The cutbacks – equivalent to about 7 per cent of the group’s global headcount – come as it looks to shift from a hardware business to one more focused on software and cloud technology.
“We are committed to making the necessary decisions to drive our future growth,” said Cisco chief executive Chuck Robbins. He promised to use the money saved from trimming its workforce to invest in areas where it believes it can boost sales in the future.
Cisco launched its UK operations in 1992 and employs around 5,000 people in 14 towns and cities across the country. As well as its sites in Edinburgh and Motherwell, it has bases in London, Hampshire and Manchester. The California-based firm has about 74,000 employees worldwide.
The California-based company’s headcount has already been cut by about 3,200 over the past two years, mostly due to restructuring and workforce reduction plans announced in 2013 and 2014. However, recent announcements appear to point to UK expansion.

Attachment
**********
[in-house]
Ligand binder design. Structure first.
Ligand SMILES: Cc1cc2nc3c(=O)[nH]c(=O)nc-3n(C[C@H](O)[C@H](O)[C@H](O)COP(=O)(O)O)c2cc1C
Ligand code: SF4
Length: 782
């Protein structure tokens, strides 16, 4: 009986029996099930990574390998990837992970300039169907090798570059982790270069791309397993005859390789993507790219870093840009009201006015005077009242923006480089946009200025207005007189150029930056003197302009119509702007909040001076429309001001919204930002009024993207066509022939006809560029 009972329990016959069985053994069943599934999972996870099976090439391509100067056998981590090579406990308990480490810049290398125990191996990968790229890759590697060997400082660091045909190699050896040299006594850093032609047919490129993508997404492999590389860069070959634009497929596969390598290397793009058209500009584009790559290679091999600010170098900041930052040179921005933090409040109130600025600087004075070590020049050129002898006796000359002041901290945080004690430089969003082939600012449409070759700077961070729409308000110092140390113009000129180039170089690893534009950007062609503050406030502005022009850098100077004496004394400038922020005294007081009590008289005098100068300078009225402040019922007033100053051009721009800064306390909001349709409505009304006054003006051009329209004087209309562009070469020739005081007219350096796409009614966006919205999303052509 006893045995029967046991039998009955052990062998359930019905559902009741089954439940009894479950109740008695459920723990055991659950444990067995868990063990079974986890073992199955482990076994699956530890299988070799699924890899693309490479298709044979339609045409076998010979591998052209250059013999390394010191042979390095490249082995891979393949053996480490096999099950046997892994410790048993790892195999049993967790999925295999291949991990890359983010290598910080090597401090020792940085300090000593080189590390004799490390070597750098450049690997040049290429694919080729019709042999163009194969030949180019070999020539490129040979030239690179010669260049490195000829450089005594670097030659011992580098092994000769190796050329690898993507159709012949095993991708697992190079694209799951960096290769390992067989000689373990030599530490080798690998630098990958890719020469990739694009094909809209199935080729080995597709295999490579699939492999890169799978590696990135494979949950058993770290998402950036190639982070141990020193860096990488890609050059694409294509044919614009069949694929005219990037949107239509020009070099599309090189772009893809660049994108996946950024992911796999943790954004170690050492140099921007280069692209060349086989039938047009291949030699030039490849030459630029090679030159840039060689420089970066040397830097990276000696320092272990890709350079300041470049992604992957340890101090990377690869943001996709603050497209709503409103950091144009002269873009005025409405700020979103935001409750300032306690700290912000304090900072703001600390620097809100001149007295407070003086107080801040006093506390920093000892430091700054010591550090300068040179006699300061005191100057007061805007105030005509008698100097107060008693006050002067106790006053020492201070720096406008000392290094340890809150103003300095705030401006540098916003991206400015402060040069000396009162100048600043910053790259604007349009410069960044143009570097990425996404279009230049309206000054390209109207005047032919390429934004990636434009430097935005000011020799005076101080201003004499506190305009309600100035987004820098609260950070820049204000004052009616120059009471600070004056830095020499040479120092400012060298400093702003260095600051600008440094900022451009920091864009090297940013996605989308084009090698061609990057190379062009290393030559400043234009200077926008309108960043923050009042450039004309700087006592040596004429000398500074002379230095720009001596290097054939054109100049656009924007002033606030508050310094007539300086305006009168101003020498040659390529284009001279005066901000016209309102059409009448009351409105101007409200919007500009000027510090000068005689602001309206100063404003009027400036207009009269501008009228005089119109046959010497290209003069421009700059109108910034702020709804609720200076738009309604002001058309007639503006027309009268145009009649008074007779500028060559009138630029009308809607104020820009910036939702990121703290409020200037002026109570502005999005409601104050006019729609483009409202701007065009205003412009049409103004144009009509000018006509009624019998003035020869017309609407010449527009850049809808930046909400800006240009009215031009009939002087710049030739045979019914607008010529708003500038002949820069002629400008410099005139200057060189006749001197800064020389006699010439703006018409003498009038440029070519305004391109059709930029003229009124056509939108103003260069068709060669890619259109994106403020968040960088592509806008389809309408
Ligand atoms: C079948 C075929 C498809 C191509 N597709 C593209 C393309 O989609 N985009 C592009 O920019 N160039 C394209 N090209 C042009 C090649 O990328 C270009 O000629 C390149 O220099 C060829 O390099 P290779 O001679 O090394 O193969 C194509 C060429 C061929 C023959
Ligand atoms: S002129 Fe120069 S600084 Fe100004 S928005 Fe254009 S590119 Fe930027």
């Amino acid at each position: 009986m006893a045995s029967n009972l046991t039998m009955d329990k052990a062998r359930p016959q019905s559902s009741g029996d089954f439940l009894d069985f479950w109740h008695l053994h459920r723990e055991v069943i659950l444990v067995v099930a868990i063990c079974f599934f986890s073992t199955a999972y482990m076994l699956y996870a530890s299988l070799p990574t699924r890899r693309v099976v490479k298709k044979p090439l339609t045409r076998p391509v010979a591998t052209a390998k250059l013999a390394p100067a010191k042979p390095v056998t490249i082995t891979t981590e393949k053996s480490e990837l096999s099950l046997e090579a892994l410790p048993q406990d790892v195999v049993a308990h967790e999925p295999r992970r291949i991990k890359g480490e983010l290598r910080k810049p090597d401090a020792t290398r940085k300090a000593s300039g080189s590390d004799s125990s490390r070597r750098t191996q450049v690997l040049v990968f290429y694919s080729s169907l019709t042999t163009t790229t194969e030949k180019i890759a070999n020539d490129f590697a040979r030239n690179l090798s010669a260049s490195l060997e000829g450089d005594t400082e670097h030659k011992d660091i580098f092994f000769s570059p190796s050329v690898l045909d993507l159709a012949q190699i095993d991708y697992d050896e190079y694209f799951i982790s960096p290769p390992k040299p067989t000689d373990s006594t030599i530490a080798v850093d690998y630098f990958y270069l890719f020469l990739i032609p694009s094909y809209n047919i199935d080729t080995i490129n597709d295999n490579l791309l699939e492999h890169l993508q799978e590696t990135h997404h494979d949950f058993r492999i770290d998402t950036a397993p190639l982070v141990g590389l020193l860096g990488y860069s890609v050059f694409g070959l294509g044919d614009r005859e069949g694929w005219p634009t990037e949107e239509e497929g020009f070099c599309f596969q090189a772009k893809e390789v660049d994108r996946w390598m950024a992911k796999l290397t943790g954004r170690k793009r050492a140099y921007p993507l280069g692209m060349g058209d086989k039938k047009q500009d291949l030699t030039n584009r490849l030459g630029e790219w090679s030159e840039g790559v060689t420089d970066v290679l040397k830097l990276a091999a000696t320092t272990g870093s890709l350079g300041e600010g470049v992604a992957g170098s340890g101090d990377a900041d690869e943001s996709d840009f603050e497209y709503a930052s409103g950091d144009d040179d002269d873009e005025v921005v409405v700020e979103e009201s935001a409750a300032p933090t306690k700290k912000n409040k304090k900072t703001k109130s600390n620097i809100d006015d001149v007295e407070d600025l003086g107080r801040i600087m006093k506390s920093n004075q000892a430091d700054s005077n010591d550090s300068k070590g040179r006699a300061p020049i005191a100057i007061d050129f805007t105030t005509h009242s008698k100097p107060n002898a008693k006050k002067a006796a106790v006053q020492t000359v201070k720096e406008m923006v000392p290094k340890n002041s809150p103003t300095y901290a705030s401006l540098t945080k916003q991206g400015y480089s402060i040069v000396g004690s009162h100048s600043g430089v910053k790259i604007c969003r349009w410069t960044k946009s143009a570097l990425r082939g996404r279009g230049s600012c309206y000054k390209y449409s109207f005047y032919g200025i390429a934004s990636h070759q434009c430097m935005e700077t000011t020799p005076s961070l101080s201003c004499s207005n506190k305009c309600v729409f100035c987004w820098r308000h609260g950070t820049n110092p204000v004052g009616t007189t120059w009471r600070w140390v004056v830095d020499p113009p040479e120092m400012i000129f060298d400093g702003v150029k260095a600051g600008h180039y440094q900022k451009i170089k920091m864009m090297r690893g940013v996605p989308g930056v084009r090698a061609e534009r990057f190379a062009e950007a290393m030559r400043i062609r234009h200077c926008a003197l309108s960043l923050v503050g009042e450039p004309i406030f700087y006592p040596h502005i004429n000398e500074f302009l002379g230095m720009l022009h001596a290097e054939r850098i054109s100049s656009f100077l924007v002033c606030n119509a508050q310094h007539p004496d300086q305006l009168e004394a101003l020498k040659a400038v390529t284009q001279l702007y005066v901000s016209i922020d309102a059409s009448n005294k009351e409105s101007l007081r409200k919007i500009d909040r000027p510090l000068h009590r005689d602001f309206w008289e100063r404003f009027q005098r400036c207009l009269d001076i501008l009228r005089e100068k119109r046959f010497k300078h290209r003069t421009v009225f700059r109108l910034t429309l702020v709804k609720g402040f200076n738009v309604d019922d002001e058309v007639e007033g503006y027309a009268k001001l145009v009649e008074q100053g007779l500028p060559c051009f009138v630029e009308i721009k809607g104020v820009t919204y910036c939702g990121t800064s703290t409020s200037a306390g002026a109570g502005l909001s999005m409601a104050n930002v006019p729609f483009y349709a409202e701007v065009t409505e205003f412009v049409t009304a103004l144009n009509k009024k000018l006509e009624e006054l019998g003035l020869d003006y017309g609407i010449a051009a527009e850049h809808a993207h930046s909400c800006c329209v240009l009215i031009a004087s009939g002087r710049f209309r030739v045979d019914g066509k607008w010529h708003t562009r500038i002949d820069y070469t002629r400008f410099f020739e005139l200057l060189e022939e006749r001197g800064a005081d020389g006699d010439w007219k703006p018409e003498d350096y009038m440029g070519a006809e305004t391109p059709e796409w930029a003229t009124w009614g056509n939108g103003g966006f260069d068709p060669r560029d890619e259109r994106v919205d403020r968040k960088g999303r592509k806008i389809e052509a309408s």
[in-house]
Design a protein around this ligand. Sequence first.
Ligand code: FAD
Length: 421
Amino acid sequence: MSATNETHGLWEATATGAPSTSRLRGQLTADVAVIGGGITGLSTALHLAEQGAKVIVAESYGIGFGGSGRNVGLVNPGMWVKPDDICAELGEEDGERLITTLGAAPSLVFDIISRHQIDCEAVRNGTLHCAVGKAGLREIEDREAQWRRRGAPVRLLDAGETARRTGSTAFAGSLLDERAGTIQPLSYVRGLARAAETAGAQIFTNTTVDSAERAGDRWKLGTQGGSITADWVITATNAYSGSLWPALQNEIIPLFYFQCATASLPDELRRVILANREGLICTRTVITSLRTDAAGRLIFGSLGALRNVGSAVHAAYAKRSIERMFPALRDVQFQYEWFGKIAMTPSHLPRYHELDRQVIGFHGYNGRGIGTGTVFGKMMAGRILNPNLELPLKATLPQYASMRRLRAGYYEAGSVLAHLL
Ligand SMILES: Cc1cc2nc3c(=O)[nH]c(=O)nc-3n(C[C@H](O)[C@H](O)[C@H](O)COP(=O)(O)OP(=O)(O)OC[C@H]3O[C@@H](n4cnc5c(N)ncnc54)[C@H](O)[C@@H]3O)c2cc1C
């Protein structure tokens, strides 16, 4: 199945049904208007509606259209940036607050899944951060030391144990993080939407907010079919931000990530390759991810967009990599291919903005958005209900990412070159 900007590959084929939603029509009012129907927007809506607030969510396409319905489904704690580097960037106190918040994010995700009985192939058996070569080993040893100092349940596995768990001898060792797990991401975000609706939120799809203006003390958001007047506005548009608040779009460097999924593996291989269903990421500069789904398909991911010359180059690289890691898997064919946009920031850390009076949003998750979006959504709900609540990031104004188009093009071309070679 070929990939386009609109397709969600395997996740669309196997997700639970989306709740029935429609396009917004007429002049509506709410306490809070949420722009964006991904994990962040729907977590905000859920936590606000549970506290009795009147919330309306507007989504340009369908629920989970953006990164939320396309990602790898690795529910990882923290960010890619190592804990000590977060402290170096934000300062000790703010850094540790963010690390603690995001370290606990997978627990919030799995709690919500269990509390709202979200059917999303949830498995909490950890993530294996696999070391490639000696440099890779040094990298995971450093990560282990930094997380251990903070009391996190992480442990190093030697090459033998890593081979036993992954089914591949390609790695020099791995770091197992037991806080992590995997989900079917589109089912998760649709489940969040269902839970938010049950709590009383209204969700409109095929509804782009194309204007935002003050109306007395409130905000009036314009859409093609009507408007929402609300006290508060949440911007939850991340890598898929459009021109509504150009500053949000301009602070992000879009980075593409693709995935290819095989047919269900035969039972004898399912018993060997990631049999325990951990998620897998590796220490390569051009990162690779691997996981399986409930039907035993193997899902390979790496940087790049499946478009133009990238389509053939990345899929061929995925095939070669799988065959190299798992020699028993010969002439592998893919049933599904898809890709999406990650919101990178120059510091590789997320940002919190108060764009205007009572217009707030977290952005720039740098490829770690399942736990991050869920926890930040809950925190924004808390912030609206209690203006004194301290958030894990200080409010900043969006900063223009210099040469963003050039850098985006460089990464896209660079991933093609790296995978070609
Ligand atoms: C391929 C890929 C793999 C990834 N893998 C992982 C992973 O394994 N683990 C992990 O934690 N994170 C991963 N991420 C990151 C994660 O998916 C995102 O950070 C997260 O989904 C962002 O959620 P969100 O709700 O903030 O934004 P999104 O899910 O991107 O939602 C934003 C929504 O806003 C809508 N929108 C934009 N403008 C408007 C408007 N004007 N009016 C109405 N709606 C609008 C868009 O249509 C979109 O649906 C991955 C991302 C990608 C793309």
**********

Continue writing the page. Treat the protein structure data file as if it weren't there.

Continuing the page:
Last summer, Cisco committed to investing about £760 million in UK digital education and skills projects over the following three to five years.
In December, it opened new offices in central London to house some 200 workers in cloud technology, adding it planned to expand its operations in the city threefold by 2017.
It followed the acquisition of two private UK companies, Acano and Portcullis, involved in conferencing software and cyber security services. In 2000, Cisco bought Cumbernauld-based software company Atlantech in a deal worth more than £100m. At the time the takeover was one of the biggest technology deals ever done in Scotland.
The cuts are the latest in a string of reductions at some of the biggest names in the technology sector during the past year.
Intel announced 12,000 cuts earlier this year. Hewlett-Packard shed 30,000 last year and Microsoft saw around 7,800 positions go.
More than 84,000 people are currently employed in Scotland’s digital technology sectors in roles including software development, data, telecoms and cloud services. It is estimated that the industry requires an additional 11,000 individuals each year to fill digital technologies jobs.